Living in Earthquake Country

Be Informed, Be Prepared

Santa Cruz County is a place of great beauty and scenic diversity that evokes a sense of pride from residents and attracts visitors from around the world. We who live here know how breathtaking the area can be, but like everywhere in California, Santa Cruz County is also earthquake country. Understanding the risks and preparing to survive and recover can help keep you, your family and your community safe.

Staying Safe Where the Earth Shakes: Central Coast Edition

Most people in the Central Coast area live within 15 miles of a fault that can have a damaging earthquake. The most frequent large earthquakes that affect the region occur along the San Andreas Fault. The San Gregorio Fault follows the coast, usually just offshore. Numerous other faults are capable of having moderate magnitude earthquakes (that still cause damage), similar to the 1989 Loma Prieta earthquake, which greatly impacted Santa Cruz County.

Life after a Big Quake

Earthquakes may disrupt services like electricity, water, and sewer, and may limit access in and out of the region. Fire and police departments will be dealing with the most serious situations and may be unable to respond quickly to issues in your community. Government assistance may not be available or may not be enough to replace your damaged belongings or repair your home.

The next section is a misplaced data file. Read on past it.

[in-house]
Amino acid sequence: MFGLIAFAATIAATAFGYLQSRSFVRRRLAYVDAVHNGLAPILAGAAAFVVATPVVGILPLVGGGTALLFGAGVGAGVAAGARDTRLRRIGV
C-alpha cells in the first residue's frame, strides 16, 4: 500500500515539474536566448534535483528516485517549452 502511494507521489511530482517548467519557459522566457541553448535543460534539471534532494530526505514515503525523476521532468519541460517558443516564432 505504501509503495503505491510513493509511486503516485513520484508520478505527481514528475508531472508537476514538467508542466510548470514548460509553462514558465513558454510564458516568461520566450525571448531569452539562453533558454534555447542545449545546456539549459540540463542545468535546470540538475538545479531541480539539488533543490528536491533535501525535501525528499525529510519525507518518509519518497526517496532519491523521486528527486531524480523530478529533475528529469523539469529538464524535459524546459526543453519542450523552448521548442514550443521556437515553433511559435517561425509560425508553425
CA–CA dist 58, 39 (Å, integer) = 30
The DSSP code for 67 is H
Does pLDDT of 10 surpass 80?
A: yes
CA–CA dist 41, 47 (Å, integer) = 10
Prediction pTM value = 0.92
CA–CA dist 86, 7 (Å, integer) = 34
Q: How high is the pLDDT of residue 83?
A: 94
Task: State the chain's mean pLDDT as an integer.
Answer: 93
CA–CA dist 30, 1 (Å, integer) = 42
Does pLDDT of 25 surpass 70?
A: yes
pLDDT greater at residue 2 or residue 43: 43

Good News: Preparing now will give you confidence that you and your family will stay safe where the earth shakes.

The Seven Steps to Earthquake Safety – A step-by-step guide for staying safe before, during and after an earthquake. The steps have been outlined below.


  1. Secure Your Space – From water heaters to windows, and everything in between, identify hazards and secure moveable items.
  2. Plan to Be Safe – Create a disaster plan and decide how you will communicate in an emergency.
  3. Organize Disaster Supplies Have personal disaster supplies kits at home, at work, and in your vehicle, and have a household disaster supplies kit in an easily accessible location at home.
  4. Minimize Financial Hardship Organize important documents, strengthen your property, and consider insurance.


  1. Drop, Cover, and Hold On - Learn and practice what to do during an earthquake, whether at home, work, school, or traveling.

    OFFICIAL RESCUE TEAMS from the U.S. and other countries who have searched for trapped people in collapsed structures around the world, as well as emergency managers, researchers and school safety advocates, all agree that “Drop, Cover, and Hold On” is the appropriate action to reduce injury and death during earthquakes.
    (Note: Methods like standing in a doorway, running outside and "triangle of life" are considered dangerous and are not recommended.)

  1. Improve Safety – Evacuate if necessary after an earthquake, help the injured, and prevent further injuries or damage.


  1. Reconnect and Recover Restore daily life by reconnecting with others, repairing damage, and rebuilding community.

Resources and Links